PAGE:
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What to do as a First Home Buyer with a big deposit

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Douglas Slater | 21 Feb 2015, 06:44 PM Agree 0
Hi everyone. I am a First Home Buyer keen to finally get into the property market. I have just moved to Melbourne, and i am keen to make the best use out of my solid deposit as possible. I am interested in buying a 2-3 bedroom house within 15km of the CBD as i see great gains to be made still, however, competing with the investors in those areas is proving to be rather difficult! I am seeking advice from those with investment experience. Am i best focussing all or a large amount of my deposit on one house, or am i best looking at units and perhaps splitting my deposit and purchasing two units with one as an investment? as for my approach in the long-term, i do not see a need to be solely capital gains focussed or 100% cashflow. I think purchasing 1 or 2 growth asset, as well as a number of cheaper cashflow assets can be very successful. Agree or disagree? If you feel that you can value add to my sceanrio i would love to hear from you. Thanks - Doug.
  • alexiscooper5 | 23 Feb 2015, 08:01 PM Agree 0
    Hey Douglas,
    Contact you Local Realtor, he will tell you the best property investment near by your area.
  • ElisaT | 24 Feb 2015, 03:33 PM Agree 0
    Hi Douglas,

    Splitting your asset portfolio over a range of security types is usually a good strategy. You would probably be well placed to speak to an accountant that specialises in property tax to look at the best strategy for you is.

    Also if you are finding it a challenge to get your foot in the door you may find a property buyer is useful. They have contacts and loads of experience to work for you. To choose make sure you do your research and talk to them, make sure you like their approach and that they fully understand your needs and what you are looking for.

    Of course I also highly recommend working out your 5 year plan and talk to your finance professional to ensure they are on the same track to finance your planned purchases.

    Best of Luck!

    Kind Regards,
    Elisa, from Awesome Lending Solutions
  • NeoChats | 25 Feb 2015, 08:57 AM Agree 0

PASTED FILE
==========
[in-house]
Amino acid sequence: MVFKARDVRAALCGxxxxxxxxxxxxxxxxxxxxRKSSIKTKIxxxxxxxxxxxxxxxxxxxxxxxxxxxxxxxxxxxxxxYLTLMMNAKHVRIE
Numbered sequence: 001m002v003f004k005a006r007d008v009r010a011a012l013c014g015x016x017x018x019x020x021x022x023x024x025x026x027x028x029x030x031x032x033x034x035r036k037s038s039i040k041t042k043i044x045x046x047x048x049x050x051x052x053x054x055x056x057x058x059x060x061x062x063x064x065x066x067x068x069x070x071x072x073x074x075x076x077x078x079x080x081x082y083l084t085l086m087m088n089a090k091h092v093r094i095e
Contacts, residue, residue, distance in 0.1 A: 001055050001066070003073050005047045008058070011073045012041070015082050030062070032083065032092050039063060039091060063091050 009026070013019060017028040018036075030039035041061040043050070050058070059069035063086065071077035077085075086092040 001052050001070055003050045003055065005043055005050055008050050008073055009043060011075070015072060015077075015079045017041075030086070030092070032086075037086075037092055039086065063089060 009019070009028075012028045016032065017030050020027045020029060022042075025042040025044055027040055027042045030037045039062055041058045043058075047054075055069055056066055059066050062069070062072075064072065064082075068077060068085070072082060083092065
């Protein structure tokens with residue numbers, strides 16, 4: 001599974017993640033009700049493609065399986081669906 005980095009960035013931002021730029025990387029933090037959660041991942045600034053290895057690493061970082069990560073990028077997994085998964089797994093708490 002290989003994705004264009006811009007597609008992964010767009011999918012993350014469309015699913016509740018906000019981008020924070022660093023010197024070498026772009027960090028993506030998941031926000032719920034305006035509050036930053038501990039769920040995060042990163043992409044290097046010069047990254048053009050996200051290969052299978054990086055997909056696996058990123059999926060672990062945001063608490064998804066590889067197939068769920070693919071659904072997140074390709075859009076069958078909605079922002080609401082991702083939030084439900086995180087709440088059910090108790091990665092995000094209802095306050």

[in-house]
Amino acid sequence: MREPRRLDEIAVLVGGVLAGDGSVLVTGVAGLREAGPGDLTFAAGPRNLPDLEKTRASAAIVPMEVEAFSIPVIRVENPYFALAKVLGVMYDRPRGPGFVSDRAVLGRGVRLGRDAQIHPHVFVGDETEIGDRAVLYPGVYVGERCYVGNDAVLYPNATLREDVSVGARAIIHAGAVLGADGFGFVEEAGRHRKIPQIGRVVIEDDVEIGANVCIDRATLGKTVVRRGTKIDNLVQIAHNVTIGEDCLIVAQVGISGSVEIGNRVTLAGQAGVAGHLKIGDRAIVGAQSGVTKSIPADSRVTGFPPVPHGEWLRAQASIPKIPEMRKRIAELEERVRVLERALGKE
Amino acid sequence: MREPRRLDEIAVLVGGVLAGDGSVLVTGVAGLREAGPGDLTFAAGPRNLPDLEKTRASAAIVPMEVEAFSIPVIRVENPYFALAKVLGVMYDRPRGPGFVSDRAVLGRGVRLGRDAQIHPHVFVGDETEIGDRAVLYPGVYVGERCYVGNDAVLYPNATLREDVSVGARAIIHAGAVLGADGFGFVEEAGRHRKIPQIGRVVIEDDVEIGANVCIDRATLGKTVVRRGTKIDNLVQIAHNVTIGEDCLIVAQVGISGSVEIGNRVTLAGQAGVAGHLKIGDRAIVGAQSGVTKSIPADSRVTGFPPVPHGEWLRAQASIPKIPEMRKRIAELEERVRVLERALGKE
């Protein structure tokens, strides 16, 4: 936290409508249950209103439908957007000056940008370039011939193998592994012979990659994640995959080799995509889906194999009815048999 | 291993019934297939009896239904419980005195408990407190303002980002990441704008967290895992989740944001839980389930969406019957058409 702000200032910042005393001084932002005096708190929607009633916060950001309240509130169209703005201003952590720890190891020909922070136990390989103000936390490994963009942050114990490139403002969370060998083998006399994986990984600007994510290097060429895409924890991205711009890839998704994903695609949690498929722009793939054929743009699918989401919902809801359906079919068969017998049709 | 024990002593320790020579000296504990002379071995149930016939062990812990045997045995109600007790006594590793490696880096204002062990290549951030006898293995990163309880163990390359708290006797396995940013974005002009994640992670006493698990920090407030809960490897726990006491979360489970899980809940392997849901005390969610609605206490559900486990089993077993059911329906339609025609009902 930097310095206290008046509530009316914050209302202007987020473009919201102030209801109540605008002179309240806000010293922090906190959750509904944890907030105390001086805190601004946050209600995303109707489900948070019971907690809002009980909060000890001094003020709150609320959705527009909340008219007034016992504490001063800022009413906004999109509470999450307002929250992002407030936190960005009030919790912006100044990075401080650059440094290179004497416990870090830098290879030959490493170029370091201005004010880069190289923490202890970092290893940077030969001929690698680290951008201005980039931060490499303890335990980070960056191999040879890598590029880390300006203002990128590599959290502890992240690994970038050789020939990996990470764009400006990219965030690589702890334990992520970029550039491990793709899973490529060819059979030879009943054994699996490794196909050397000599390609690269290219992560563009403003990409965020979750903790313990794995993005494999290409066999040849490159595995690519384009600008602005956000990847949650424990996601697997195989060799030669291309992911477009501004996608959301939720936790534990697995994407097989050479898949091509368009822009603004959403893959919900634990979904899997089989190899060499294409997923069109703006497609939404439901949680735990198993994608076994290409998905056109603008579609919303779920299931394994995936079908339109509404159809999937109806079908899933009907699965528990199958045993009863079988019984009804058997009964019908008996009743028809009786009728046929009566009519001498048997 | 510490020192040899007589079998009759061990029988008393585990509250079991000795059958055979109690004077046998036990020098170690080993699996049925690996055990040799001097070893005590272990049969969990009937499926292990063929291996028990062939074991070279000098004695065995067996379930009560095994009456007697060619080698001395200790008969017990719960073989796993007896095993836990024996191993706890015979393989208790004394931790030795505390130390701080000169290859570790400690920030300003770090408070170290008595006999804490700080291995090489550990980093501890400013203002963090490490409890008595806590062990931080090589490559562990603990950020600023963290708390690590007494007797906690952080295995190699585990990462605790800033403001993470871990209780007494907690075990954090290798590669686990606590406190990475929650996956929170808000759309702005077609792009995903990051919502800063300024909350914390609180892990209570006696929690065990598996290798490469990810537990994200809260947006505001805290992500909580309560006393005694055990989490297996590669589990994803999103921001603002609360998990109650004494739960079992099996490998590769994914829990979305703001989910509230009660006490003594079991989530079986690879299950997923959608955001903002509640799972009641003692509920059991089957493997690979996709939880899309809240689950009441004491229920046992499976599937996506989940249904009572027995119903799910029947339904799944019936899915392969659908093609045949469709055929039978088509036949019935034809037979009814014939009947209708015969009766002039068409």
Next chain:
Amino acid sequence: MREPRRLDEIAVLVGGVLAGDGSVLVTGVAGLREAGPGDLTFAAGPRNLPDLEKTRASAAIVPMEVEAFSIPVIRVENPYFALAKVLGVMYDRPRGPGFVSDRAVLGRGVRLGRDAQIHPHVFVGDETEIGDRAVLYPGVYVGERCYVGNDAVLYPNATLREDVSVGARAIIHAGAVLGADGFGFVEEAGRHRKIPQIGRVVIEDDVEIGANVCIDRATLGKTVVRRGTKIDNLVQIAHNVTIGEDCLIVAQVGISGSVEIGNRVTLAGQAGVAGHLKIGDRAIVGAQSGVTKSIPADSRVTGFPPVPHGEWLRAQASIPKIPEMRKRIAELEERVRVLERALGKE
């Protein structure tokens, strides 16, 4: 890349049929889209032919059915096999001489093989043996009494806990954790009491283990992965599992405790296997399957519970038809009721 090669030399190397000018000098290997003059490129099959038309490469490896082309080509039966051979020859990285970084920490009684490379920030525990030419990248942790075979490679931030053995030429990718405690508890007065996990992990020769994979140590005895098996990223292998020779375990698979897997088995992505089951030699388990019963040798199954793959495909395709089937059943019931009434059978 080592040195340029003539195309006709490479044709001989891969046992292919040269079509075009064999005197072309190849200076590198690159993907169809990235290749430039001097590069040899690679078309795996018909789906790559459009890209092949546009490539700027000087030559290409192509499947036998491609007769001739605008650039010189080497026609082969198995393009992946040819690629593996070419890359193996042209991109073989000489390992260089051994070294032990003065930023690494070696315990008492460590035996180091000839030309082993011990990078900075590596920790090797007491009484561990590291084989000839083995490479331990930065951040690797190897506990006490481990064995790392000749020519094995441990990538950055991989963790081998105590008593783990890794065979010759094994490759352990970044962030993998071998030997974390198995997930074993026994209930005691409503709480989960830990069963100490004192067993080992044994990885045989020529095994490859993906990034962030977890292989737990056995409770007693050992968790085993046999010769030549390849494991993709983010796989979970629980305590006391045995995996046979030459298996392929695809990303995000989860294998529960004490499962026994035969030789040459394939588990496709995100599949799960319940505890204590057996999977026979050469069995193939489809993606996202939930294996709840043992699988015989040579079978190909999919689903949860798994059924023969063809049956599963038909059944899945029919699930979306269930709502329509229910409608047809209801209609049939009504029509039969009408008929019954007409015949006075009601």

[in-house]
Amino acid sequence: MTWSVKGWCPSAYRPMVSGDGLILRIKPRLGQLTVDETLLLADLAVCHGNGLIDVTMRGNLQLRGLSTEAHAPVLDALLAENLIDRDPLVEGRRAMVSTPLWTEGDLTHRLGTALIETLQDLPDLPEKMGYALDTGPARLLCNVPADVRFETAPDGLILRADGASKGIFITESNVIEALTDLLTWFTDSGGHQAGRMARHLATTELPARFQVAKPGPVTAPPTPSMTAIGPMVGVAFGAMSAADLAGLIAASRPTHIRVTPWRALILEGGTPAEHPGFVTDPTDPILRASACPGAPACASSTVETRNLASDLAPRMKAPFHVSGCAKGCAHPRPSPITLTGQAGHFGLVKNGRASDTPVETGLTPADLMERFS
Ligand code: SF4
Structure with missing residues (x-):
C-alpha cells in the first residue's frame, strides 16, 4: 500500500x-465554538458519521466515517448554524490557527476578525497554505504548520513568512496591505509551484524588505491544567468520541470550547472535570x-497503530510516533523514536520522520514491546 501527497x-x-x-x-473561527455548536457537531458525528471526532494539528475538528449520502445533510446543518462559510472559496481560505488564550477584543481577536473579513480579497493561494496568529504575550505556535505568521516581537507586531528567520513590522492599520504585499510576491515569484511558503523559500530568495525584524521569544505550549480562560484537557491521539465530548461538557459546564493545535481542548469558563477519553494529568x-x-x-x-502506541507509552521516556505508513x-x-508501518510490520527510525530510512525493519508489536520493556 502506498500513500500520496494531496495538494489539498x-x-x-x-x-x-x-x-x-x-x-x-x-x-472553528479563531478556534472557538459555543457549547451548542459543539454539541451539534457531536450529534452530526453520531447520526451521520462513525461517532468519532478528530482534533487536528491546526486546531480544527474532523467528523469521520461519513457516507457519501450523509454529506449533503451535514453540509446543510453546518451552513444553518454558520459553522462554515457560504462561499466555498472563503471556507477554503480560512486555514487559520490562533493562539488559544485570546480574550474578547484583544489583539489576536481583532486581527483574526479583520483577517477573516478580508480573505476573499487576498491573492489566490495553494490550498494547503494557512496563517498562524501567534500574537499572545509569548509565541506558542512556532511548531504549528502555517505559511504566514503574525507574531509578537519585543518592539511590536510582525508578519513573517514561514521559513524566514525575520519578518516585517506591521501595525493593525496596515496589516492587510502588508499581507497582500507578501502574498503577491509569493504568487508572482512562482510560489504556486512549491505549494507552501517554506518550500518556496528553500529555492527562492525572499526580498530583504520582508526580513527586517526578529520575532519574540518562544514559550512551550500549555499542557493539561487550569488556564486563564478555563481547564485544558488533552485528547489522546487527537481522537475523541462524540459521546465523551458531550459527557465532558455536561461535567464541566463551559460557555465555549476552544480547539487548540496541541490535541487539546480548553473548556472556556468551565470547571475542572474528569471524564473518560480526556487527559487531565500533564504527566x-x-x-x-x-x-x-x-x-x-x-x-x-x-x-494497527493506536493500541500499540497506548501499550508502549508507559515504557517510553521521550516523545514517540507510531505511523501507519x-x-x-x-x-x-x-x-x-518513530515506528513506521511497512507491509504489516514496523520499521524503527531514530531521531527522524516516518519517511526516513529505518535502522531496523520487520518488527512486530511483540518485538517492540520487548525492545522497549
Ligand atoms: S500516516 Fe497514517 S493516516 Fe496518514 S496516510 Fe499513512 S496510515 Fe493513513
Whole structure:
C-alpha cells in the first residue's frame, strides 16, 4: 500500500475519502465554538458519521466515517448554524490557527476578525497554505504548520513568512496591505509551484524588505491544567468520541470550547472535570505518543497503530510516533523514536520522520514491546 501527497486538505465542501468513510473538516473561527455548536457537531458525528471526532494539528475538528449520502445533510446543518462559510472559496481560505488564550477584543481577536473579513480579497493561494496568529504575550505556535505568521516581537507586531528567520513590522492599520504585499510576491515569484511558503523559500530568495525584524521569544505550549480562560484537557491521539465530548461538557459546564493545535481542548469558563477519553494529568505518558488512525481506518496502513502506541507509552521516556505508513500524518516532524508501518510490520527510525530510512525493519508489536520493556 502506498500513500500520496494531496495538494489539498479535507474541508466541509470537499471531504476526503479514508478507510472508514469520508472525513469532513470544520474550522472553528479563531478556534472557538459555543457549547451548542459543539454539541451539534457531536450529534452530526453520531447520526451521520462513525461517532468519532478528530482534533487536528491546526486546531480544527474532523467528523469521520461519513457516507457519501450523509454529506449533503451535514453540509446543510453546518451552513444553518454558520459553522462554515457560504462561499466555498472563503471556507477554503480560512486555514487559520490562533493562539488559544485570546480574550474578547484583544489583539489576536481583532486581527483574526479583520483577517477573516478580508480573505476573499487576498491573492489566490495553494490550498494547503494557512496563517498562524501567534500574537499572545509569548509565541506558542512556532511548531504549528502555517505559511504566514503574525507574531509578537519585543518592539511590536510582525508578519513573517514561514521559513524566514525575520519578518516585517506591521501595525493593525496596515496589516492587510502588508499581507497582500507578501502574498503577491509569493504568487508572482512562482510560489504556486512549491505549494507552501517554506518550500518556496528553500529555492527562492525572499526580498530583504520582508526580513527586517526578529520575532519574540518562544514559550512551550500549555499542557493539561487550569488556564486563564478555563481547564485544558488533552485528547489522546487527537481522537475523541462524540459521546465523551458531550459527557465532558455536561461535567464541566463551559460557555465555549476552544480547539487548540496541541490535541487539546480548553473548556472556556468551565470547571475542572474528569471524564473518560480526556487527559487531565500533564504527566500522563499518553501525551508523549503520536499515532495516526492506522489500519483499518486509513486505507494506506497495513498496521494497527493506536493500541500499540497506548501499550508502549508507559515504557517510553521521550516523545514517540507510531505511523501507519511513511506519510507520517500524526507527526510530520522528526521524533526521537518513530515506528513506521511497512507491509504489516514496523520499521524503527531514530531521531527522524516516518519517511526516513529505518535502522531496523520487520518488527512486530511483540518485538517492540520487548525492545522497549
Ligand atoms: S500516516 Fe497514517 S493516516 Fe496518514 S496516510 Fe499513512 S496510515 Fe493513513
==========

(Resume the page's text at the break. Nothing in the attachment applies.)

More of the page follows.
Hi Doug, you're asking all the right questions. Capital is the hardest asset to accumulate. Once it's out the door, it's very hard to get back.

    Units have the added hassle of being run by a body corporate. So you're almost subject to the personalities on the body corporate and how the entire building of tenants behave. So it is important the demographic and shape of the body corporate you choose. Also, there are pockets of serious oversupply in Melbourne when it comes to units. What out for those. Otherwise, if you pick the right unit in the right area, you can have a good growth asset with low maintenance and hassle.

    House carry lower monthly costs, and you own the land. Land is where the value is

    However, within a 15km radius of Melbourne, you are looking at a higher entry point. Houses can also be great investments, but in that radius you are probably looking at an older house with less depreciation benefits. Depending on your tax situation, this may not be suitable.

    Buying two properties means two transactions costs. However, it's always good to diversify.

    Whether you focus on capital growth or cash flow, depends on the plan that you have with your salary over the foreseeable future. More capital growth potential in a property usually means that you will have some negative gearing. This will help you to earn tax credits. The reason why people point you to an accountant is so that they can help you calculate how much tax credits. Then you can calculate your net cash flow from that property and compare it to your net cash flow on other properties which earn higher cash flow. If you are on a low tax bracket and expect it to remain that way for a while, then you will earn less tax credits. Remember to always calculate your net cash flows on a property before and after tax. Then you will know what the worst case scenario will be if you go through a period where you have no salary (something we have to factor in these days, I'm afraid)

    A great place to start as a first home buyer is to fully understand the costs and earnings on every property you look at so you can compare all your property options side-by-side.

  • Robert | 17 Mar 2015, 06:09 PM Agree 0
    If your having a problem it's good ask an advice to a financing analyst.
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